By Monica Polcz
A couple of months before I arrived in Kenya, my home institution switched their electronic medical record from Starpanel to Epic. To give a little background, I knew Starpanel. I was efficient at Starpanel. Starpanel was my friend, and Epic was an outsider. I found myself very clever in deeming the transition an "Epic" fail to anyone who would listen weeks before its rollout. Subsequently, on transition day, I felt unsurprised at the almost apocalyptic scene and hospital-wide confusion that ensued. It felt as if I didn't know how to do anything on this new system, but I found some satisfaction in blaming the yellow-vest wearing support team, or "yellow jackets" as we colloquially called them, as well as Epic itself for hindering the efficiency of patient care. It certainly wasn't my fault. I was already halfway through residency and I was efficient. I was confident!
Beth O’Connell became a Frist Global Health Leader in 2010, completing an internship in rural Rwanda for her Bachelor of Public Health. She received the award again in 2013 for an internship in rural Guatemala for her MPH. Today, Beth has earned a DrPH and works as an Assistant Professor in Public and Community Health at Liberty University. She teaches undergraduate and graduate public health courses, while continuing to serve and conduct research to improve health in low-resource communities both domestically and globally.
By Ryan Van Nostrand
This week was an interesting week. During clinic days there were a number of good ultrasound teaching cases including a DVT US which was positive. There was a unique opportunity to go the regional hospital in Linden which is a mining town and more resource poor in terms of medical care.
By Jamie Robinson
The last 2 weeks have been a whirlwind. From the moment I saw the sign with my name held by the friendliest driver I’ve ever had at the airport in Nairobi all I have seen are smiles. Every person I have encountered has been nothing but kind and welcoming.
As women, sometimes we can be consumed with the needs of all the people right before us in our homes and communities. Yet, there is a longing in each of us to be part of something bigger than ourselves. We experience empathy and concern for others, our neighbors, both near and far.
The past month taking care of patients, teaching, and learning from my colleagues in the Accident and Emergency Department at the Georgetown Public Hospital in Guyana has been a wonderful experience, as always. I have learned a great deal, and I have also had the opportunity to teach in a variety of settings, which has been very gratifying. I never leave here not in awe of the great work these physicians do with the limited resources they have available. I also rarely leave without a memory of some patient that we were not able to help as much as I would have liked due to these limitations.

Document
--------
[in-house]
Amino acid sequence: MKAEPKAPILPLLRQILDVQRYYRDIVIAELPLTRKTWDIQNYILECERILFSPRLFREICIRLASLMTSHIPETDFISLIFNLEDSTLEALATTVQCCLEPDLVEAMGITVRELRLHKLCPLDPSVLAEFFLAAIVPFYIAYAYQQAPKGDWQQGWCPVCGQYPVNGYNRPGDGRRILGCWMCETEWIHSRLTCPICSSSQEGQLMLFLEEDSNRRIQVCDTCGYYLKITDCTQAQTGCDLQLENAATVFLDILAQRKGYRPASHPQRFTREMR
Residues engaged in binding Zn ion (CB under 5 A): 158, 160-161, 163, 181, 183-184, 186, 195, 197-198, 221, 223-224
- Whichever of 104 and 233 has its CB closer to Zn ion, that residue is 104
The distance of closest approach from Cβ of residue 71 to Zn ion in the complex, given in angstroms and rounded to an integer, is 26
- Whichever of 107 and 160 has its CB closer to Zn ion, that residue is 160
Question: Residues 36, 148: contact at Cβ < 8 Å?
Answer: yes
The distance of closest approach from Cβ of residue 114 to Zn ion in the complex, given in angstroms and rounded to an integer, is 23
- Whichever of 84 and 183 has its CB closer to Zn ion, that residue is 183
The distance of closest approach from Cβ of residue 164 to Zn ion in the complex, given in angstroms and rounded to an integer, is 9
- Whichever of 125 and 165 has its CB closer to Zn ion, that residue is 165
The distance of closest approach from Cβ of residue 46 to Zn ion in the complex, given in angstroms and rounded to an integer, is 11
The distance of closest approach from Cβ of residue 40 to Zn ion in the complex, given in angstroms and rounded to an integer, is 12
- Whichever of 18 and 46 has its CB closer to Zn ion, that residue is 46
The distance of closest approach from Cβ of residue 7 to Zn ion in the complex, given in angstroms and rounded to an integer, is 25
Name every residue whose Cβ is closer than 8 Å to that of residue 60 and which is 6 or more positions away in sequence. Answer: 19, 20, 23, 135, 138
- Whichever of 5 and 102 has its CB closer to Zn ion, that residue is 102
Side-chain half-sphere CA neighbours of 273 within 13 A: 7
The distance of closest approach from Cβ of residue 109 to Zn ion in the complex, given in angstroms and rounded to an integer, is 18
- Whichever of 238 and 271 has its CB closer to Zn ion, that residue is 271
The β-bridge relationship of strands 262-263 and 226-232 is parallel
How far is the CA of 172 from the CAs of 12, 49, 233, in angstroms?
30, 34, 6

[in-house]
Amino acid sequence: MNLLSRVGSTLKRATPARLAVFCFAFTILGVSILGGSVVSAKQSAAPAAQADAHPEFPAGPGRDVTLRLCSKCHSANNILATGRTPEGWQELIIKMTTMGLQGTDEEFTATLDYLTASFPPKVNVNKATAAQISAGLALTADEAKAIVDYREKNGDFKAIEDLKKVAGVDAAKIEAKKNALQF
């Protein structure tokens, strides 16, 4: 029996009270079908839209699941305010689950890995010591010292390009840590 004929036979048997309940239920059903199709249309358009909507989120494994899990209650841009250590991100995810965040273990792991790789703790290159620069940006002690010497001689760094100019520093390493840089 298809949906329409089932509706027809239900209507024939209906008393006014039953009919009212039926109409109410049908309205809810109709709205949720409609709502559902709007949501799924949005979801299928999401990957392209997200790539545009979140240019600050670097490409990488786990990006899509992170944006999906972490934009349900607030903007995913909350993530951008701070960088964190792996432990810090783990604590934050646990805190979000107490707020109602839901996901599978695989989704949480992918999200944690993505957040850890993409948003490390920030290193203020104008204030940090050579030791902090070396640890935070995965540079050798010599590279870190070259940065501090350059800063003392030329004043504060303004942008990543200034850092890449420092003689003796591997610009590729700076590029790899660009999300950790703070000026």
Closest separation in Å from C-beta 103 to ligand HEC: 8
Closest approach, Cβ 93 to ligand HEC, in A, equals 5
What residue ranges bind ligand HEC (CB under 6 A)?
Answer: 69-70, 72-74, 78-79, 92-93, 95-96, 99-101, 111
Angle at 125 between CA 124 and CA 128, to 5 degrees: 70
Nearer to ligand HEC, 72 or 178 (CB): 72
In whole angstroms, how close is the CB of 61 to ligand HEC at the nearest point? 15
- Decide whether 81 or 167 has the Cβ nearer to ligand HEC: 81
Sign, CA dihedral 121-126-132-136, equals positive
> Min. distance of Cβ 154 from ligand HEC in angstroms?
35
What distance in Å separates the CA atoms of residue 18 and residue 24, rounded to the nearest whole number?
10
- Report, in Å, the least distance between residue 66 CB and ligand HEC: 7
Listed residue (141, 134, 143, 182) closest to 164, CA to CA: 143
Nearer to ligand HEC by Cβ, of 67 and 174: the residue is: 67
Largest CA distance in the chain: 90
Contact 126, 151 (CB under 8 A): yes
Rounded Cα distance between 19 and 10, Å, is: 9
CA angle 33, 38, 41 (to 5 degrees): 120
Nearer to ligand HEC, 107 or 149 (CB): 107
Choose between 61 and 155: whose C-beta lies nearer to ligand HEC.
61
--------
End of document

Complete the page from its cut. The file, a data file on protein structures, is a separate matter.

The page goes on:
Hi Ryan Van Nostrand here in Georgetown, Guyana. This is the end of my second week and it has been an educational and enjoyable experience working in the GPHC. Over the last two weeks I have been able to gain an insight to the difficulties and similarities between medicine in the US and Guyana. It has been a pleasure to work with the doctors and staff in the Emergency Department and I have really enjoyed being able to teach and learn from the residents here.
This is now my third trip to Guyana to work at Georgetown Public hospital, fondly referred to as GPHC, in the Accident and Emergency Department (A&E). Each trip has been eye-opening, motivating, inspirational, at times frustrating and heart wrenching, and always immensely rewarding. I am fortunate to be the current Global Health Emergency Medicine Fellow at Vanderbilt, meaning I will spend much of my time this year working in Guyana.
I am sitting on the terrace of my hotel in Kathmandu, sipping spicy masala tea and looking out at the cityscape for the last time. Below me, the pudgy, fresh-faced toddlers of affluent Nepalis learn to swim in the crystal-clear swimming pool, a far cry from the muddy, leech-infested floodwaters of the nation’s rivers and lakes. The all-seeing eyes of the Boudhanath stupa, the holiest Tibetan Buddhist temple outside of those in Tibet, gaze placidly down at me from their towering perch above Kathmandu, watching over the nation. In the distance, somewhat obscured by the dust and smog of the capital city, I can see the Himalayan foothills, their dark, untamed beauty seductive in its wildness. I think of my ten SBA students, scattered now throughout isolated villages in those very mountains, providing contraception services and prenatal care and delivering babies in remote clinics. I offer up a silent prayer for them, and for the women, children, and families they are serving.
Yesterday, the ten SBA participants, their nursing instructors, two representatives from One Heart Worldwide, and I all celebrated the final day of the program, during which the students received official certificates testifying to their new status as skilled birth attendants.

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